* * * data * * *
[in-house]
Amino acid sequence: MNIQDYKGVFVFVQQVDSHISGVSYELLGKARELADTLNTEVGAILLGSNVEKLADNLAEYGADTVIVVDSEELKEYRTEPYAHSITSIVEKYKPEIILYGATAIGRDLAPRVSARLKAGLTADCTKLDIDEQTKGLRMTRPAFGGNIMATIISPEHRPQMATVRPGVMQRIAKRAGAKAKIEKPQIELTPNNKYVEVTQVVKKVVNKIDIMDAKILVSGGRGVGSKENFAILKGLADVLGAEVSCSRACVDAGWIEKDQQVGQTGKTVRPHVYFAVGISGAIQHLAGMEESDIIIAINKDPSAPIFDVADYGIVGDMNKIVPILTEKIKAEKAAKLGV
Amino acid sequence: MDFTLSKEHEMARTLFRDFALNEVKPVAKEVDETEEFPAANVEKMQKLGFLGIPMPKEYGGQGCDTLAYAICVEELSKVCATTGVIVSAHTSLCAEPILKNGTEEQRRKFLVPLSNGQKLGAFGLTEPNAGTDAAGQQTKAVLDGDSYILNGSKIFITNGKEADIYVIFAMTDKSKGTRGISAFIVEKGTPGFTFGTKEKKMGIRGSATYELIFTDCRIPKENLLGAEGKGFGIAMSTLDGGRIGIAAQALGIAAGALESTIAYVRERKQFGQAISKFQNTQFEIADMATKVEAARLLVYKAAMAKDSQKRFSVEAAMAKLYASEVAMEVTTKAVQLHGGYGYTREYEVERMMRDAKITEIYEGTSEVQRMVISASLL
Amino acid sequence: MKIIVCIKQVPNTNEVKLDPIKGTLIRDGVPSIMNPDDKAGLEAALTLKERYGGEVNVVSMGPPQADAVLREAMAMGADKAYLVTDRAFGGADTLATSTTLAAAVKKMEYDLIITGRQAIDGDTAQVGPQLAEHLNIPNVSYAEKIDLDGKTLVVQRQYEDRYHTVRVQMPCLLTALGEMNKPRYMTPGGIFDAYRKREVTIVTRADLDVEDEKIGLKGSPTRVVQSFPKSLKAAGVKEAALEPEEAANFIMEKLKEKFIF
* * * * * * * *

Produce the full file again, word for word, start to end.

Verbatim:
[in-house]
Amino acid sequence: MNIQDYKGVFVFVQQVDSHISGVSYELLGKARELADTLNTEVGAILLGSNVEKLADNLAEYGADTVIVVDSEELKEYRTEPYAHSITSIVEKYKPEIILYGATAIGRDLAPRVSARLKAGLTADCTKLDIDEQTKGLRMTRPAFGGNIMATIISPEHRPQMATVRPGVMQRIAKRAGAKAKIEKPQIELTPNNKYVEVTQVVKKVVNKIDIMDAKILVSGGRGVGSKENFAILKGLADVLGAEVSCSRACVDAGWIEKDQQVGQTGKTVRPHVYFAVGISGAIQHLAGMEESDIIIAINKDPSAPIFDVADYGIVGDMNKIVPILTEKIKAEKAAKLGV
Amino acid sequence: MDFTLSKEHEMARTLFRDFALNEVKPVAKEVDETEEFPAANVEKMQKLGFLGIPMPKEYGGQGCDTLAYAICVEELSKVCATTGVIVSAHTSLCAEPILKNGTEEQRRKFLVPLSNGQKLGAFGLTEPNAGTDAAGQQTKAVLDGDSYILNGSKIFITNGKEADIYVIFAMTDKSKGTRGISAFIVEKGTPGFTFGTKEKKMGIRGSATYELIFTDCRIPKENLLGAEGKGFGIAMSTLDGGRIGIAAQALGIAAGALESTIAYVRERKQFGQAISKFQNTQFEIADMATKVEAARLLVYKAAMAKDSQKRFSVEAAMAKLYASEVAMEVTTKAVQLHGGYGYTREYEVERMMRDAKITEIYEGTSEVQRMVISASLL
Amino acid sequence: MKIIVCIKQVPNTNEVKLDPIKGTLIRDGVPSIMNPDDKAGLEAALTLKERYGGEVNVVSMGPPQADAVLREAMAMGADKAYLVTDRAFGGADTLATSTTLAAAVKKMEYDLIITGRQAIDGDTAQVGPQLAEHLNIPNVSYAEKIDLDGKTLVVQRQYEDRYHTVRVQMPCLLTALGEMNKPRYMTPGGIFDAYRKREVTIVTRADLDVEDEKIGLKGSPTRVVQSFPKSLKAAGVKEAALEPEEAANFIMEKLKEKFIF